Written by Pierce Brown.
Narrated by Tim Gerard Reynolds
Darrow is a hell-diver of a clan that doesn’t get any laurels for accomplishing feats of daring, progress or achievement. He braves pit vipers( something different yet the same on Mars), a 90′ drill and heat that can burn the “Fry suit” off of you body.
Dissidence is punishable by flogging and in some cases by hanging where you better hope someone likes you enough to pull on your legs and quicken it.
Darrow is a Red. Humans are in caste now by their colors and Red is the lowest yet most populous caste. After Darrow’s wife, Eo, gets hung it is on bitches.
Darrow becomes a Gold through the help of Dancer and a cutter. He enters the institute and survives to win using tactics the institute has not witness before. Enjoy his road to victory and discovery!
Five out of five entertainment units of your choice!
Karma Decay (The Karma Trilogy 1)
Written by Jude Fawley.
Aaron is not happy most of the time these days. He just can’t motivate himself to pick up a dropped item for somebody, hold a door open, go to a house of worship and utter prayers and platitudes because all of these works…are paid. That is how citizens pay their way through society metered by a relay device in their heads to the invasive but saintly Karma computer. It’s there to help mankind achieve great things.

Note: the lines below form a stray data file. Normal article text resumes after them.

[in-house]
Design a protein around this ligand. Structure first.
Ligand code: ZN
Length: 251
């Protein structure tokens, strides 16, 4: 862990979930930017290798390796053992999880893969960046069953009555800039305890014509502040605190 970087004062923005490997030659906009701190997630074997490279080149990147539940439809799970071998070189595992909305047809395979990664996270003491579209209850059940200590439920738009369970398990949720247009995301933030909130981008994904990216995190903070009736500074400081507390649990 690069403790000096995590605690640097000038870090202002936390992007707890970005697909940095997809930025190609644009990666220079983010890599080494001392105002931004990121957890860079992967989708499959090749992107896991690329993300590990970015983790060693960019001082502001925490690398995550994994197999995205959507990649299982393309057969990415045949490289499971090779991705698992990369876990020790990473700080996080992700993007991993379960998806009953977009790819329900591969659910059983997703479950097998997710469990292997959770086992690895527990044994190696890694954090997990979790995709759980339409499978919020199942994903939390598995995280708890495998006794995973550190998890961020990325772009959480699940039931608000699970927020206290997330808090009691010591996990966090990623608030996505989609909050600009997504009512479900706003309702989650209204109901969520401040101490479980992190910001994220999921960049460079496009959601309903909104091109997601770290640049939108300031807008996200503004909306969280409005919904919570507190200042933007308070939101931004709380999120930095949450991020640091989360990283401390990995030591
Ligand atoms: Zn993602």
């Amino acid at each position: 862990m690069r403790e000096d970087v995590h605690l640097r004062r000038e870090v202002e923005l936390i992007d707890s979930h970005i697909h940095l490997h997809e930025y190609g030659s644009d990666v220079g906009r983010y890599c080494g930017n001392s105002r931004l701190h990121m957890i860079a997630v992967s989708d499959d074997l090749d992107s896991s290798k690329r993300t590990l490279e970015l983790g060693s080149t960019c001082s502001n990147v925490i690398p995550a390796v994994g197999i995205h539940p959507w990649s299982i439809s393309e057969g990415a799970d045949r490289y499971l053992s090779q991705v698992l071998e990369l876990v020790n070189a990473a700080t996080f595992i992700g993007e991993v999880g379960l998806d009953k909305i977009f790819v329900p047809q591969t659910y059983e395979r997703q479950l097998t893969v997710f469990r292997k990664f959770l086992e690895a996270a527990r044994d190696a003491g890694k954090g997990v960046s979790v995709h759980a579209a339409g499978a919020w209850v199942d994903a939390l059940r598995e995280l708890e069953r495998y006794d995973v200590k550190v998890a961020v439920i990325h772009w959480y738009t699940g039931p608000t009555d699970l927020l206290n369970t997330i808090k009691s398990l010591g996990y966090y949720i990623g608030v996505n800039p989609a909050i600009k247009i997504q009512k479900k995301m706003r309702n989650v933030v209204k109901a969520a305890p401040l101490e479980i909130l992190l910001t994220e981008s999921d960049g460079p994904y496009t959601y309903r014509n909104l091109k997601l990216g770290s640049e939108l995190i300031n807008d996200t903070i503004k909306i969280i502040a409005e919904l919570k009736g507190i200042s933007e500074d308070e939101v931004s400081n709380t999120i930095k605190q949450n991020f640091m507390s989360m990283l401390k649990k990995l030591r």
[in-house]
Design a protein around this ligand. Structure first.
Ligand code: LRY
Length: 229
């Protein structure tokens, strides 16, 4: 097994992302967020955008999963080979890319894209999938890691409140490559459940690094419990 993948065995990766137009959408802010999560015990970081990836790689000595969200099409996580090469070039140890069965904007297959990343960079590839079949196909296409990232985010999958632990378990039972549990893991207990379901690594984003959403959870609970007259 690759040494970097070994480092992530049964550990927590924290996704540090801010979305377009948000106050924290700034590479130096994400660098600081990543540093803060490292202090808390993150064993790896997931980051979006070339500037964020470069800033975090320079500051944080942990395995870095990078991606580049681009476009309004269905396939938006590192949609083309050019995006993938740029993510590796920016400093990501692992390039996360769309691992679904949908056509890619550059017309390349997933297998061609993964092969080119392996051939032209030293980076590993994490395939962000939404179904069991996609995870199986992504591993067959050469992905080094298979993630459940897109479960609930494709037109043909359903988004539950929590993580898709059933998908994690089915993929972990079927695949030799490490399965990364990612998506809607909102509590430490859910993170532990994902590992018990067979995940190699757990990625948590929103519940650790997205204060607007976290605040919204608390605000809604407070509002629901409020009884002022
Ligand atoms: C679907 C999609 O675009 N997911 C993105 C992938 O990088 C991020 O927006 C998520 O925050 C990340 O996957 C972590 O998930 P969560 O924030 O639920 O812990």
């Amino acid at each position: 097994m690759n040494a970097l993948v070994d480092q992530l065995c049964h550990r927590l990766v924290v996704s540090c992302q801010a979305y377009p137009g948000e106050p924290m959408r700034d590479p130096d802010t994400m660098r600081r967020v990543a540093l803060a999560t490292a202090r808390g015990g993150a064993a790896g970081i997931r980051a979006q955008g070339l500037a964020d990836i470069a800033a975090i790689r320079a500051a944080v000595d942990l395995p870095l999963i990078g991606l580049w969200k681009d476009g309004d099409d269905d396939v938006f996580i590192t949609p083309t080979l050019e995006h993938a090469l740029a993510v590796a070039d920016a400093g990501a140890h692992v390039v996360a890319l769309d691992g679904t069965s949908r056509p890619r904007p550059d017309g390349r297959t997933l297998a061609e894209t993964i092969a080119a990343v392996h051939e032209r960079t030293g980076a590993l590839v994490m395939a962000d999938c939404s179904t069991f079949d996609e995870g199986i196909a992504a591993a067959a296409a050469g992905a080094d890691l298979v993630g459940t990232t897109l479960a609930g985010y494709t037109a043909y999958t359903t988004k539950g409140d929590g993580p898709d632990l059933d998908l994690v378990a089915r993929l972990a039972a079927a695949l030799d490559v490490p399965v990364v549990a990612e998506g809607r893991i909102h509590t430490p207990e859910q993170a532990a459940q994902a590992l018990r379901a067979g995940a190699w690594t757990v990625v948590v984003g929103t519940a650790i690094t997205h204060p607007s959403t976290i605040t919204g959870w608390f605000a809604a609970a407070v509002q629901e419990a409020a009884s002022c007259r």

Charles Darcy, hopefully not a mash-up of two characters from Pride and Prejudice, is a model of a modern major…Karma Do Gooder. He doesn’t sleep, doesn’t frolic with the ladies, barely eats, does good works constantly to earn millions of dollars and is the jealous envy of all society even Karma. Is he for real? Will Spector thinks so until he is elevated to SuperKarmaCop and starts tracing inconsistencies. No one is that good!
This was an engaging tale of Science Fiction in a camouflaged dystopian world. Copy edit errors were minimal in that they did not cause me to have to reread material to glean its meaning. The World and Character building were top notch including the side or happenstance characters. I’m giving this a four out of five entertainment thingies. Enjoy!
I’ll Buy You the Moon
Written by Hugh B. Long.
This short story takes place in a not so future Earth. Mega Corp has blocked out the sky with solar collectors and the chasm between the poor and the rich is huge. No longer can anyone have access to medical care, most have to give up have a years wages to even get a check up. Hanna and Clara are orphaned sisters.
Hanna works in a food processing plant sixteen hours a day to pay for the one bedroom apartment she shares with Clara and occasionally food. Her landlady helps but things are bleak. Clara is sickly and has only one persistent wish. Hanna only has Clara now…and she will give of herself to grant that wish.